By: 1 December 2009


PRP is an emerging tool in the treatment of a wide variety of orthopaedic conditions especially of chronic soft tissue problems broadly termed as tendinosis. The technique involves withdrawing patients own blood, centrifuging it and injecting a part of it into the damaged area. Histological specimens from chronic cases confirm that tendinosis is not an acute inflammatory condition but rather a failure of the normal tendon repair mechanism associated with angio fibroblastic degeneration 1. This subgroup of conditions have long been treated by numerous methods including rest, non steroidal anti inflammatory drugs, bracing, rehabilitation therapy including physiotherapy, iontophersis 2, extra corporal shock wave therapy, injections including botulism toxin and corticosteroids. If all or some of the above fail then the patient has deemed to have failed conservative options and surgery is considered. Even here there is no consensus of opinion and there are a variety of techniques described including surgical release, excision of damaged tendon and re-attachment of tendons depending on the pathology treated. In this back ground it is encouraging to note that early results suggest the injection of PRP has produced a consistent improvement in patient's symptoms.

What is PRP?

Although PRP has only been in use in Orthopaedics in the recent past it has been around for about 20 years. Its use was first reported by Marx et al 3 a group of maxillo facial surgeons in 1998. They used PRP for bone graft augmentation and found significantly improved fusion rates and bone density in the mandible.

PRP is a bio active component of whole blood. The specific elements of PRP have not all been specifically defined. It is agreed in general that clinically valuable PRP contains one million platelets or more per micro litre 4. Some authors have defined PRP as only platelets whereas others note PRP may also have increased concentrations of white blood cells as well.

How does PRP work?

Thrombin and Calcium have historically been used to activate platelets. This combination results in the formation of a gel but this cannot be injected even via a wide bore needle. However platelets get activated slowly by exposure to tendon-derived collagen. When platelets are activated they release growth factors from alpha granules which include:

  • Platelet-derived growth factor which stimulates cell replication, angiogenesis and acts as a mitogen for fibroblasts.
  • Vascular endothelial growth factor which induces angiogenesis.
  • Transforming growth factor-Beta1 which is a key regulator in balance between fibrosis and myocyte regeneration.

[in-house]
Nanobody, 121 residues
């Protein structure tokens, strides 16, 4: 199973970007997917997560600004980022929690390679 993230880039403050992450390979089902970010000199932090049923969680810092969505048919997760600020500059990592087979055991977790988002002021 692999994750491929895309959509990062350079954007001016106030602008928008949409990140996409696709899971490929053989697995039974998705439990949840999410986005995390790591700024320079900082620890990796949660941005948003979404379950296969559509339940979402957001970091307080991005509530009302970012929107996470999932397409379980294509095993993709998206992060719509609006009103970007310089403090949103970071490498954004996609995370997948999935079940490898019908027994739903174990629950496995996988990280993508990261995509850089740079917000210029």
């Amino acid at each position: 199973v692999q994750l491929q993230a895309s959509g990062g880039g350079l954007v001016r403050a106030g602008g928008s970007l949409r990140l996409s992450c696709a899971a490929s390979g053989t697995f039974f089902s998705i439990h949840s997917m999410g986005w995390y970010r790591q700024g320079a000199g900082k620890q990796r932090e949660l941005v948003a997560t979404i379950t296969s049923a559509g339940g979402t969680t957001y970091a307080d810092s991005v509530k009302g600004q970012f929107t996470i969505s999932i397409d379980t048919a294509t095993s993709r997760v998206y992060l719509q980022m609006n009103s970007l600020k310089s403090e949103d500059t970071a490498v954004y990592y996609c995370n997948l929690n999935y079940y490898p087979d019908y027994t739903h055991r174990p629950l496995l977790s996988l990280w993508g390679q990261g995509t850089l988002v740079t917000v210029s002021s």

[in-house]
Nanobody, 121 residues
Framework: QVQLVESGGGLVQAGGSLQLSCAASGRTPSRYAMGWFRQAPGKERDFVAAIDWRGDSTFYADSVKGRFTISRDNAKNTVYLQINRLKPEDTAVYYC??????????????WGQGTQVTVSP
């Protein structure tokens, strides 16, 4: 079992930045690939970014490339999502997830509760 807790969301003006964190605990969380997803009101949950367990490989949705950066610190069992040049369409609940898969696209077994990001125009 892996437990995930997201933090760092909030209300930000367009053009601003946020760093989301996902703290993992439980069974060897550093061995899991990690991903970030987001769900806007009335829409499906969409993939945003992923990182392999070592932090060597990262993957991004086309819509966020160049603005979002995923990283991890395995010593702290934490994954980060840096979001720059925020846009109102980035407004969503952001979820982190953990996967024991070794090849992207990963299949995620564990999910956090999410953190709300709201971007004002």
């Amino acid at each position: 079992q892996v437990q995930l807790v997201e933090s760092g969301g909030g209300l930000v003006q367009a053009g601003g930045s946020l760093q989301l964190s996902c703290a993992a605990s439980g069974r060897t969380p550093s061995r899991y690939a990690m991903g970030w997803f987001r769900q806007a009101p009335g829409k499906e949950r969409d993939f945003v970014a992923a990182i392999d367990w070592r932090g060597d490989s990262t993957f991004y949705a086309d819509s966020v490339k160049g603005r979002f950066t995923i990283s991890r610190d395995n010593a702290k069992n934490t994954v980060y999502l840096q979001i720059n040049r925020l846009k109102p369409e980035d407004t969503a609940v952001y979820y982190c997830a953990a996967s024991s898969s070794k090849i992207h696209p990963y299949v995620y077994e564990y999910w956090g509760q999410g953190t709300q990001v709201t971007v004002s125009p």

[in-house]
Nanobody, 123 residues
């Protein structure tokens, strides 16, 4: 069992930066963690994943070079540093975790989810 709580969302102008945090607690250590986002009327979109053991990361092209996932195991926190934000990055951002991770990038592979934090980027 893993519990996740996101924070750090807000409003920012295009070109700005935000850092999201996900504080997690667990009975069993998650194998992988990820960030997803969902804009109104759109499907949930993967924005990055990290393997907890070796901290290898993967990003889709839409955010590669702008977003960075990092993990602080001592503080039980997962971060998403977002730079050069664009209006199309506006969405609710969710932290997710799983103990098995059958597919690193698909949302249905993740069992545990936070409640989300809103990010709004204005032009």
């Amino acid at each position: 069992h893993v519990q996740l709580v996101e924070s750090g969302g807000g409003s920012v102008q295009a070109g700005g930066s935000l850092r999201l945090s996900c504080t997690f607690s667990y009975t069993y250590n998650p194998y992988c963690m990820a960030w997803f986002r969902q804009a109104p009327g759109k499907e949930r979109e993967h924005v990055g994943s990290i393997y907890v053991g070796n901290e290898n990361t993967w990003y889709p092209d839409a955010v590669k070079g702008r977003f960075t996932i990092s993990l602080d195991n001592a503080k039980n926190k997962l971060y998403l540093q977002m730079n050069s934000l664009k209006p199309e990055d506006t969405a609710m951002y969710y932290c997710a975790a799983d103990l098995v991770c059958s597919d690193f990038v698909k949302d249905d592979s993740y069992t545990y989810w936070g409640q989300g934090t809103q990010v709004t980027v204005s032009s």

• Fibroblast growth factor which stimulates proliferation of myoblasts and promotes angiogenesis.
  • Epidermal Growth Factor which stimulates proliferation of mesenchymal and epithelial cells and potentiation of other growth factors. 5

Platelets also contain dense granules which release adenosine, serotonin, histamine and calcium which play a role in tissue modulation and regeneration.

In addition to the above the plasma fraction contains the following

  • Hepatocyte growth factor which promotes angiogenesis and acts as a mitogen for endothelial cells and as an anti fibrotic.
  • Insulin-like growth factor-1 which stimulates myoblasts and fibroblasts, mediates growth and repair of skeletal muscle. 5

Also as mentioned previously PRP also has some white blood cells which may be important for long-term regeneration that is macrophage mediated. In vitro studies have also found that PRP significantly inhibits growth of Staphylococcus aureus and Escherichia coli. 5

A combination of all these factors contributes to the healing properties of PRP in the treatment of long standing tendinosis.


Usually 60mls of whole blood is collected from a peripheral vein in a syringe containing 5mls of sodium citrate. The blood is then placed in a desk top-size centrifuge with disposable cylinders for the blood. The centrifuge runs for 15 minutes at 3,200 rpms. At the end of this blood is separated into Platelet Poor Plasma (PPP), RBC and PRP. Next the PPP is extracted through a special port and discarded from the device. While the PRP is in a vacuumed space, the device is shaken for 30seconds to re-suspend the platelets. Afterwards the PRP is withdrawn and approximately 5ml PRP is obtained from 60 mls of blood. The total time from blood draw to injection time is 30 minutes.

Injection procedure